New Delhi, India – Having flown from Dharamsala to Delhi yesterday, this morning His Holiness the Dalai Lama was received at the Shri Ram School, Vasant Vihar, by the Chairperson, Arun Bharat Ram, the director and principal. More than 2400 students from 84 New Delhi schools gave him an enthusiastic welcome.
Before taking his seat on the stage, His Holiness lit a lamp and thanked the organizers, Spic Macay, for convening the meeting.
“Respected elder brothers and sisters and younger brothers and sisters,” His Holiness began, “it’s a great honour for me to interact with young students who belong to the 21st century. Although we cannot change the past, we can learn from it. Therefore, the future is in your hands. If you make an effort to create a happy society, I believe that within this century you can change the world.
“Scientists tell us that basic human nature is compassionate. Clearly, since we are social animals, we should consider all 7 billion human beings as the community we belong to. Thinking just of ‘my nation’ or ‘my people’ is out of date. During the 20th century, thinking of others in terms of ‘us’ and ‘them’ led to division resulting in fighting and killing.
“Since all 7 billion human beings are mentally, physically and emotionally the same, you young people today need to cultivate a sense of the oneness of humanity. We need to work together to meet challenges that affect us all, such as the climate crisis. We cannot simply exploit this planet and its natural environment, we have to take care of it. Scientists have been warning us for some time of the dangers we face.”
His Holiness expressed his admiration for the age-old tradition of inter-religious harmony that flourishes in India. He pointed out that members of all the major religious traditions have lived together side by side in harmony for hundreds of years. He stressed the value of India’s example to the rest of the world—religious traditions really can live together in mutual regard. Moreover, India’s secular tradition of showing respect not only for all spiritual traditions, but also for those who have no faith, is relevant in the context that one billion of the world’s people today are agnostic.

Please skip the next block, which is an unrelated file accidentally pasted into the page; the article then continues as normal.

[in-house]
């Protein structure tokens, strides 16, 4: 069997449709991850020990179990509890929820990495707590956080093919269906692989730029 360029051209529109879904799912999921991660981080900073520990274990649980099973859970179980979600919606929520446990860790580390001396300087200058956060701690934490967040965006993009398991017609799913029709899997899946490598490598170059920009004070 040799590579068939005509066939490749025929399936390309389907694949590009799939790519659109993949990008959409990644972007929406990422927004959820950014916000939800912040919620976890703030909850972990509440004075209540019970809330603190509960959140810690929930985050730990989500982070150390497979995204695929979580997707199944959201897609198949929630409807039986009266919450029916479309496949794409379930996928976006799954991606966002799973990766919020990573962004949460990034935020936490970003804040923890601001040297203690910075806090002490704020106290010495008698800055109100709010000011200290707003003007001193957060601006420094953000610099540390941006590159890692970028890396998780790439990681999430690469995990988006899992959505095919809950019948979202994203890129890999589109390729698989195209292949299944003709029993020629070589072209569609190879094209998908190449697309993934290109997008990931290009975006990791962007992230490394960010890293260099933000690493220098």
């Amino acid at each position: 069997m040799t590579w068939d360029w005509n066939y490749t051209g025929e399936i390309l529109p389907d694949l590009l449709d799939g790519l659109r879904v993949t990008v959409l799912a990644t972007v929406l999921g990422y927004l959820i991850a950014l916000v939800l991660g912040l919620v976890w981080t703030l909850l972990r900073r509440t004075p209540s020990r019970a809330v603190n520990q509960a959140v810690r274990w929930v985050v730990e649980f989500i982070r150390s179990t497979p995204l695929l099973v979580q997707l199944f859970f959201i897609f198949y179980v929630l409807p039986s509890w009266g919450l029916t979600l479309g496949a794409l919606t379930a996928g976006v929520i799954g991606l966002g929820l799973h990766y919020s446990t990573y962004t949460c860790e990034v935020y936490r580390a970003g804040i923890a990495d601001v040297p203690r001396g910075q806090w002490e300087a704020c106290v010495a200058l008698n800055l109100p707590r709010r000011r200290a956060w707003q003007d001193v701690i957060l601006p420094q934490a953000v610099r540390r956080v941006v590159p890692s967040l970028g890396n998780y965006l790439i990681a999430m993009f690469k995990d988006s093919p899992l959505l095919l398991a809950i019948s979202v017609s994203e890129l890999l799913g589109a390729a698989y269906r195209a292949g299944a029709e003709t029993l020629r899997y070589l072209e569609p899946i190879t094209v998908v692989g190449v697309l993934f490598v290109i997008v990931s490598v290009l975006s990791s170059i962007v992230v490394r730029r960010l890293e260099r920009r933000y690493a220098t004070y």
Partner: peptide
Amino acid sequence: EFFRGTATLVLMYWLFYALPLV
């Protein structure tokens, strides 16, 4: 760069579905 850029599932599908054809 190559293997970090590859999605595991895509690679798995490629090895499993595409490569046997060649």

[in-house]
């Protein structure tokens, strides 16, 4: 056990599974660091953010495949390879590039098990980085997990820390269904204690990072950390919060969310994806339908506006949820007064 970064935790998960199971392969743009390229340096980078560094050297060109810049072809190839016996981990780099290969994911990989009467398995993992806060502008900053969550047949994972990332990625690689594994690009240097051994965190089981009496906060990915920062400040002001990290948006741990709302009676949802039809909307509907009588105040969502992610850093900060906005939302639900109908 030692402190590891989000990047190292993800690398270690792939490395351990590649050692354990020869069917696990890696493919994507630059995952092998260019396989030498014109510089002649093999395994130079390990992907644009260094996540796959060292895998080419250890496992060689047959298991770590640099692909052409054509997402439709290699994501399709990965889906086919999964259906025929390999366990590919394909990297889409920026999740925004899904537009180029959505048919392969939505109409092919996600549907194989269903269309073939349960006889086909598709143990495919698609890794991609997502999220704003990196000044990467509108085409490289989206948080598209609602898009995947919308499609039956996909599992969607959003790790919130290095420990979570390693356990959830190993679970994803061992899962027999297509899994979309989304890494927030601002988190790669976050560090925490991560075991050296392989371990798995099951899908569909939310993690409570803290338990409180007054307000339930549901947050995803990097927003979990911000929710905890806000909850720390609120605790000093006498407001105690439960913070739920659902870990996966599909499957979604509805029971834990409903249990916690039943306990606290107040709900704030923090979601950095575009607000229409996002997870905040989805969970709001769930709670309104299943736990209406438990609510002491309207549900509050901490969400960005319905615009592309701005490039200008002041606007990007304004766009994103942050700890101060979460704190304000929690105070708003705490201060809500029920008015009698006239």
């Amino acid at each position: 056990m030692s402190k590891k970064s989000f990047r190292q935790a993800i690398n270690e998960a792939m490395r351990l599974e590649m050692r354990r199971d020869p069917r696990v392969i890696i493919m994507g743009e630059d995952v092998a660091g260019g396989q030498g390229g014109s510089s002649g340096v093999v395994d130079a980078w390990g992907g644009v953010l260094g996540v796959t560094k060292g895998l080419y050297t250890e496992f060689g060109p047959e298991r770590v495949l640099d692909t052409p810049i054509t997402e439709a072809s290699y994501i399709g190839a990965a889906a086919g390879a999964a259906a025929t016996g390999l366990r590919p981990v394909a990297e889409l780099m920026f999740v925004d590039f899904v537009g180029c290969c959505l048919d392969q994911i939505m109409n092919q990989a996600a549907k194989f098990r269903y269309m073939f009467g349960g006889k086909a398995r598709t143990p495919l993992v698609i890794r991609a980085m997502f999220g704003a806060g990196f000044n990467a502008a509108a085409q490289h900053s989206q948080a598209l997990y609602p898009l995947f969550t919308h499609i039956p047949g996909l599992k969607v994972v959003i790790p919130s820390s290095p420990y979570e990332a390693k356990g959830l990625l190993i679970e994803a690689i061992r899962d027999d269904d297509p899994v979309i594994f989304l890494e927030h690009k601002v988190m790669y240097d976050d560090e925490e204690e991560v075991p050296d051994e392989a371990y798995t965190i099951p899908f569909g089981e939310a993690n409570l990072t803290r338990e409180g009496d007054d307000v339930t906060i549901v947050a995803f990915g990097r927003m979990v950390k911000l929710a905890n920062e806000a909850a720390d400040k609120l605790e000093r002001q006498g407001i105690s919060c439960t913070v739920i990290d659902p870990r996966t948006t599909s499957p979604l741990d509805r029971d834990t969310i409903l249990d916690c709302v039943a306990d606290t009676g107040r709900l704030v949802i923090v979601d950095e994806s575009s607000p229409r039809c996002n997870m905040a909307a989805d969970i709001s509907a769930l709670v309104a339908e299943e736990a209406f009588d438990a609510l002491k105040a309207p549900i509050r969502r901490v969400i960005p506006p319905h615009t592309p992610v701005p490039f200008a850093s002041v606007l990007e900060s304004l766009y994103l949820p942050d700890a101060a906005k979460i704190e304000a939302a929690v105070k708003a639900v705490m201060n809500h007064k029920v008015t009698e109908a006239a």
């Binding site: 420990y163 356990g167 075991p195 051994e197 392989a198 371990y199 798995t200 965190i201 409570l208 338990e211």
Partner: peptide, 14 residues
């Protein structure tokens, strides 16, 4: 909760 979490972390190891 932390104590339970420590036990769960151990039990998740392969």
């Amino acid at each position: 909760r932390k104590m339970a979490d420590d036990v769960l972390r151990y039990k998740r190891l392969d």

Another aspect of Indian tradition that His Holiness considers relevant today is ‘ahimsa’, non-violent conduct and ‘karuna’, compassionate motivation. He recalled that Mahatma Gandhi employed ‘ahimsa’ to great effect during India’s freedom struggle, which in turn was a source of inspiration to Nelson Mandela in South Africa and Martin Luther King Jr in the USA.
“Modern education, which was introduced in India by the British tends to have materialistic goals,” His Holiness observed. “Material development is important, but we should not neglect ancient Indian knowledge with its thorough understanding of the workings of our mind and emotions. If we could combine that with modern education, we could learn how to tackle out destructive emotions and achieve peace of mind. I have found it very helpful to realize that afflictive emotions are not grounded in reality, whereas compassion can be cultivated on the basis of reason. This has enabled me to face the various complications of my life with peace of mind.”
While answering several questions from the audience, His Holiness pointed out that reincarnation is not a matter of physical continuity, but the continuity of the mind. The substantial cause of a moment of mind is a previous moment of mind. He cited cases of young children he has met, Indians and Tibetans, who have clear memories of their previous lives.
He clarified that karma is about actions and their results. He teasingly explained that if he feels hungry, but eats a biscuit, he’s not hungry any more. What results in birth as a human being is positive action, motivated by a wish to help others. In contrast to this, he repeated that afflictive emotions arise because of our self-centred attitudes. They are related to a sense of ignorance that mistakes appearance for reality.
Asked who had been his best friend, His Holiness replied that he has had lots of friends. However, the person he was closest to, first of all, was his mother. She was his first teacher of compassion—someone who never showed an angry face. He reiterated that because he always reminds himself of the oneness of all human beings, wherever he goes and whoever he meets he regards as his brother or sister.
Answering a question about reincarnation, His Holiness cited an episode from the end of the first Dalai Lama’s life when his disciples told him he would surely be born in a pure land. He told them he had no such desire, but wanted to be born where there was suffering in order to be able to serve others. His Holiness concluded by reciting his own favourite prayer, from Shantideva’s ‘Guide to the Bodhisattva’s Way of Life’:
For as long as space endures
And for as long as living beings remain,
Until then may I too abide
To dispel the misery of the world.
A representative of the students thanked His Holiness for coming and for his enriching and inspiring words, which had given them all a fresh perspective. As he left the stage, His Holiness waved to the audience, who beamed and waved in return.